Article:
NFL Wonderlic Test: Highest and Lowest Scores at the NFL Combine

The NFL decided to eliminate the Wonderlic test, but who recorded the highest and lowest scores in the history of the test?

When it comes to the NFL Combine, everyone gets excited to see athletes show off their speed and explosiveness. It makes sense that they’d do that. What’s never made sense in the lead-up to the NFL Draft is the NFL Wonderlic test. Fortunately, it’s gone away. In honor of that, let’s go back and take a look at some of the highest and lowest scores in the test’s infamous history.

Highest NFL Wonderlic Test Scores of All-Time

Just like testing at the Combine, the best and worst performances on the Wonderlic were definitely discussed. The list is led by a punter who had a perfect score on the test. Most notable? QB Ryan Fitzpatrick and TE Ben Watson.

P Pat McInally – 50

Given that this information had to be leaked in order for the public to know about it should tell you why this test is preposterous. Pat McInally is the only known player to get a perfect score on the test.

Someone else might have one, but we probably won’t ever know. However, it makes sense as he came out of Harvard in the 1975 NFL Draft. That education at least helped him here.

DE Mike Mamula – 49

Mike Mamula used one of the best Combine performances to elevate his draft stock. The Wonderlic test was just the icing on the cake. Philadelphia decided to trade up to the seventh overall pick to take him, but he only played six seasons in the NFL. The Eagles passed up on Warren Sapp and Derrick Brooks to get him.

WR Kevin Curtis – 48

Kevin Curtis had a solid career in the NFL. Nothing crazy, but he still found ways to be effective. He recorded the highest NFL Wonderlic test score for a wide receiver and was taken by the Rams in the third round of the 2003 NFL Draft. Curtis played eight seasons in the NFL, recording 253 catches for 3,297 yards and 20 touchdowns.

QB Ryan Fitzpatrick – 48

Another Harvard product at the top of the list. Being smart helps you take tests, I guess. “Fitzmagic” entered the NFL in 2005 and remains in the league with the Washington Commanders. Smart guys know what to do in this league, and Ryan Fitzpatrick appears to find the right situation every year to keep him around for another season.

TE Ben Watson – 48

I wonder how much teams actually used these scores to determine whether or not they take a certain player. Everything I read said the Patriots factored Ben Watson’s Wonderlic score into their decision to draft him No. 32 overall in the 2004 NFL Draft, but is that true?

Does one test really make a difference? Maybe New England should have weighed other factors more as Watson only played one game in his rookie year for the Pats.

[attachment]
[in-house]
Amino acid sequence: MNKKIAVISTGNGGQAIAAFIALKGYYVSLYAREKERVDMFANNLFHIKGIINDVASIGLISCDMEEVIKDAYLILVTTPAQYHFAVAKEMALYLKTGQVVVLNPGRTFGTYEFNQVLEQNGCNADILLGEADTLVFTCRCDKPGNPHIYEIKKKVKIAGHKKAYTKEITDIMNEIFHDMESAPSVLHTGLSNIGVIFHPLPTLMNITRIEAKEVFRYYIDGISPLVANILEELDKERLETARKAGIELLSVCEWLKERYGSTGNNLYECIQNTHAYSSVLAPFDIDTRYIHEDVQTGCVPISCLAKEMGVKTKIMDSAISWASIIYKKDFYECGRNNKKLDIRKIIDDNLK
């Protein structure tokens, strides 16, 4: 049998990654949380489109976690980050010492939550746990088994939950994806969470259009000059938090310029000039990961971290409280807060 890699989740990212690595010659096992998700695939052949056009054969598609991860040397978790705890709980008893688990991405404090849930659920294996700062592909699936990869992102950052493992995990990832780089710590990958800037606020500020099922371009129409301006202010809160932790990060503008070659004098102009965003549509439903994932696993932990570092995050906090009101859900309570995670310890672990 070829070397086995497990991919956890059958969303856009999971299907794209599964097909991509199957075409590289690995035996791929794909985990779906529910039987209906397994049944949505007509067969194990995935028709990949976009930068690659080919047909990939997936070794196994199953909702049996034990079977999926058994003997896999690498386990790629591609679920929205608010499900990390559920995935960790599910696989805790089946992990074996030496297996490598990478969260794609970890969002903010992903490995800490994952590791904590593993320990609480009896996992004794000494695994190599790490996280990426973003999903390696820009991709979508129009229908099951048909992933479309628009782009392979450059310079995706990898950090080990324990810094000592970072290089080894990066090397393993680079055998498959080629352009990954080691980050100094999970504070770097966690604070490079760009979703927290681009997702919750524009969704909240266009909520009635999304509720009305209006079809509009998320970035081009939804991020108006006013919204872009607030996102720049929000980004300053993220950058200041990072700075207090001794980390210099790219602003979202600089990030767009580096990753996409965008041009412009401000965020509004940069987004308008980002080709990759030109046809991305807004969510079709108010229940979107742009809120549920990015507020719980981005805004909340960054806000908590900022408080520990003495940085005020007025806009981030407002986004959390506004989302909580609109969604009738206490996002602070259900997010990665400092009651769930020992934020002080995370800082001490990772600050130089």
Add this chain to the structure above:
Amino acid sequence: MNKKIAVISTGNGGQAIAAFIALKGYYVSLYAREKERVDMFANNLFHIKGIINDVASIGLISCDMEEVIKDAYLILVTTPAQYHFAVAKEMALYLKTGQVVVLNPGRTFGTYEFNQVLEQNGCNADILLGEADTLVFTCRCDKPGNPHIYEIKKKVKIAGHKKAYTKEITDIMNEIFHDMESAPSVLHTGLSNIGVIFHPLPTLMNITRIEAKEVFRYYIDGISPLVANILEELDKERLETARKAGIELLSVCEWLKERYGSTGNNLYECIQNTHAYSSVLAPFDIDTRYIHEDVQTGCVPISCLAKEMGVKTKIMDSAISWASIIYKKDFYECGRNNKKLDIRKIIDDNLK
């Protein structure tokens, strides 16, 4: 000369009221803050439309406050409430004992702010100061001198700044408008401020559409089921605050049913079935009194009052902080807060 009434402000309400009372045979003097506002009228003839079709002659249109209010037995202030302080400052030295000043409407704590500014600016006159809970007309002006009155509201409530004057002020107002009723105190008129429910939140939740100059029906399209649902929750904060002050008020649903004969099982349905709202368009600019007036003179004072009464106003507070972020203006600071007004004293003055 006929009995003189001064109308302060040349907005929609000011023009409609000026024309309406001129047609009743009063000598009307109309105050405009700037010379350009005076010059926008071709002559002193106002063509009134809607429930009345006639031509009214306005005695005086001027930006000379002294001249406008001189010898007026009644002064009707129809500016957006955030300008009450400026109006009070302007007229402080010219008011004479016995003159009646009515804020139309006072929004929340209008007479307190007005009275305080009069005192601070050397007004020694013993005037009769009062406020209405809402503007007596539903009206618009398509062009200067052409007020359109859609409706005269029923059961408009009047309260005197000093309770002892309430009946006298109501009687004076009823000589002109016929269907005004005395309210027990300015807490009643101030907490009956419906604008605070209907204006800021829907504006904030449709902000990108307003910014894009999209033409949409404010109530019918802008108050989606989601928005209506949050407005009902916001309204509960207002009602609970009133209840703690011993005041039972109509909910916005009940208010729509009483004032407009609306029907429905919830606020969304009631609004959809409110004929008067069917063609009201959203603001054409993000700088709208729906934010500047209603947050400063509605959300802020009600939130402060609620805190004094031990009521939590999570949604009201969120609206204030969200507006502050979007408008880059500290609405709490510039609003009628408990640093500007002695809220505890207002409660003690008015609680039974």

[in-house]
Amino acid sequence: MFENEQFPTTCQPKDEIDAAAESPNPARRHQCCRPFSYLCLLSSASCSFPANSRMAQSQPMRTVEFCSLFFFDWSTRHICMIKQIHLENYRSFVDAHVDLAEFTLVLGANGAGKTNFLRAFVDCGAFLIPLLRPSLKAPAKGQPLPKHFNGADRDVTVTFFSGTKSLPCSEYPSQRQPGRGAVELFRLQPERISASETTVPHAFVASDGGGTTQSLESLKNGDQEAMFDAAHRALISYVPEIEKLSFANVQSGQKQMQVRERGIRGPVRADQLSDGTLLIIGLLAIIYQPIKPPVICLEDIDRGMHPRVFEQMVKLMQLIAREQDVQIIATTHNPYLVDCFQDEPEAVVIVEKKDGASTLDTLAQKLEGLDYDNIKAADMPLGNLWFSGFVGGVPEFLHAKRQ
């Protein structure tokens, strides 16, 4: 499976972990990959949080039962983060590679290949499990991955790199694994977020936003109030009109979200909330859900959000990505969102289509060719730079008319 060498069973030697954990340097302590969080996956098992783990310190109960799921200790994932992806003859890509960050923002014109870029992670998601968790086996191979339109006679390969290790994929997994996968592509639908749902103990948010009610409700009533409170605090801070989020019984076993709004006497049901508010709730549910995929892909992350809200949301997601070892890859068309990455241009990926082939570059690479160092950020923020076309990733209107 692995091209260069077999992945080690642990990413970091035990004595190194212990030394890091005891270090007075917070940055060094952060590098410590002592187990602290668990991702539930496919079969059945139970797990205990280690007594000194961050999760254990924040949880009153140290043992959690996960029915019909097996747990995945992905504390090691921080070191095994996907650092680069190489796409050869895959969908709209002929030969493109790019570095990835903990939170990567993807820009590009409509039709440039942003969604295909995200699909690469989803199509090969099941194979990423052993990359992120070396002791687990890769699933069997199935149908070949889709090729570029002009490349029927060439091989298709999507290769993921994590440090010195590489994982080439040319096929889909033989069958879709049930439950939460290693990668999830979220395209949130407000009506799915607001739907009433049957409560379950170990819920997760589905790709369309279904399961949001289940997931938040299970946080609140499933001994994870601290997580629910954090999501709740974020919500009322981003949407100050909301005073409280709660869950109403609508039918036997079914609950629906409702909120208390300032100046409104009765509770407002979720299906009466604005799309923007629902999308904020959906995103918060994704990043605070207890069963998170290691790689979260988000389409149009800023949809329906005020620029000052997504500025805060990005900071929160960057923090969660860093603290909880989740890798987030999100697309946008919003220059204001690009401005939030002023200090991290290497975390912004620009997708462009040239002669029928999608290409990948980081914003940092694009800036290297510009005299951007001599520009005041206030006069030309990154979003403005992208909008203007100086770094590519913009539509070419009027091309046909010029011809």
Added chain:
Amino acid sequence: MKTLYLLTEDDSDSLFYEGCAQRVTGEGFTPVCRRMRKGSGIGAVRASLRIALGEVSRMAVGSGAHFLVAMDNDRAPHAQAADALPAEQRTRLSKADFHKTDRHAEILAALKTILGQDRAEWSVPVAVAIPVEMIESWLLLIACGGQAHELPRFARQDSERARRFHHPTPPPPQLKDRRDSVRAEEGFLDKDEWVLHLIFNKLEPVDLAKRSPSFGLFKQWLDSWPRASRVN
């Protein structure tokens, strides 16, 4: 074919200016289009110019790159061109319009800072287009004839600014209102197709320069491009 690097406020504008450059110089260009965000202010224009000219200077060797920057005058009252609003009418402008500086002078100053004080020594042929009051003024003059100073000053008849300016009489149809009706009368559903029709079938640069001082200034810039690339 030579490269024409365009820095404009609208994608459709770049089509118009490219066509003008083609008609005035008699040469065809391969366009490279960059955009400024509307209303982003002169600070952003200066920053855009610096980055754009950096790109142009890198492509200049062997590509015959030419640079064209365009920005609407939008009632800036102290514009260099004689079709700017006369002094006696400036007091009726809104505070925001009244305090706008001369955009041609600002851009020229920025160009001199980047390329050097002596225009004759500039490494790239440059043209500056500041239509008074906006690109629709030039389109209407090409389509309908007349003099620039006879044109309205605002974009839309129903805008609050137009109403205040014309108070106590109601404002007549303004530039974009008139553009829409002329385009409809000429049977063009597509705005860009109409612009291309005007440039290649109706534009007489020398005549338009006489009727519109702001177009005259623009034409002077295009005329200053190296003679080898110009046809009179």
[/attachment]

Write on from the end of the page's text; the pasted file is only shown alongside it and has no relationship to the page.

Lowest NFL Wonderlic Test Scores of All-Time

Which NFL prospects scored the lowest on the Wonderlic test at the NFL Combine? The list includes a few notable names in QB Vince Young, RB Frank Gore, and CB Morris Claiborne.

QB Vince Young – 6

There’s no way Vince Young was falling out of the top 10 in the 2006 NFL Draft — even with one of the lowest NFL Wonderlic test scores ever. Young was coming off one of the most brilliant performances in college football history and was considered one of the best prospects in that class. I guess his score was foreshadowing to the number of years he’d play in the league.

RB Frank Gore – 6

No surprise, scoring low on the Wonderlic doesn’t mean anything for some players. Frank Gore is probably just waiting for his son to get to the NFL before he finally retires. His score in the Wonderlic might have affected his draft stock, but his 16,000 career yards and 81 career touchdowns show that it didn’t matter.

S Ed Prather – 5

Sometimes teams make correlations with certain players. Ed Prather was the perfect example. Teams had concerns about his reputation for blowing coverage, and they probably used his Wonderlic score to justify those concerns. He went undrafted in 2001 and never played a down in the league.

CB Morris Claiborne – 4

This one reminds us why we don’t need this test. Morris Claiborne recorded the lowest NFL Wonderlic test score ever (tied with former Iowa State RB Darren Davis) in 2012. Fortunately, the Cowboys ignored his score and traded up to the sixth pick to get him. We later learned that he was diagnosed with a learning disability, so this score comes with an asterisk. Claiborne could play, too, so the score was useless.

Why Doesn’t the NFL Do the Wonderlic Test Anymore?

The NFL announced it would eliminate the NFL Wonderlic test for prospects to help teams better evaluate those players. They’re also revising some drills to simulate game action better. The test has always been a source of conversation, and there are many reasons it needed to go.

For starters, this was one of the most mocked parts of the NFL Combine. The test didn’t exactly have a great correlation to anything related to the field. Also, agents eventually obtained copies of the test and distributed them to their players to take. Given that they could memorize a variation of the test just like a playbook, players could prepare for it just like they would a game.

The scores didn’t really mean anything either. Some guys scored really high and never panned out. Others scored really low and were studs. Coaches could also feel threatened by a player with too high of a score, so it wasn’t the most reliable way to judge a prospect.

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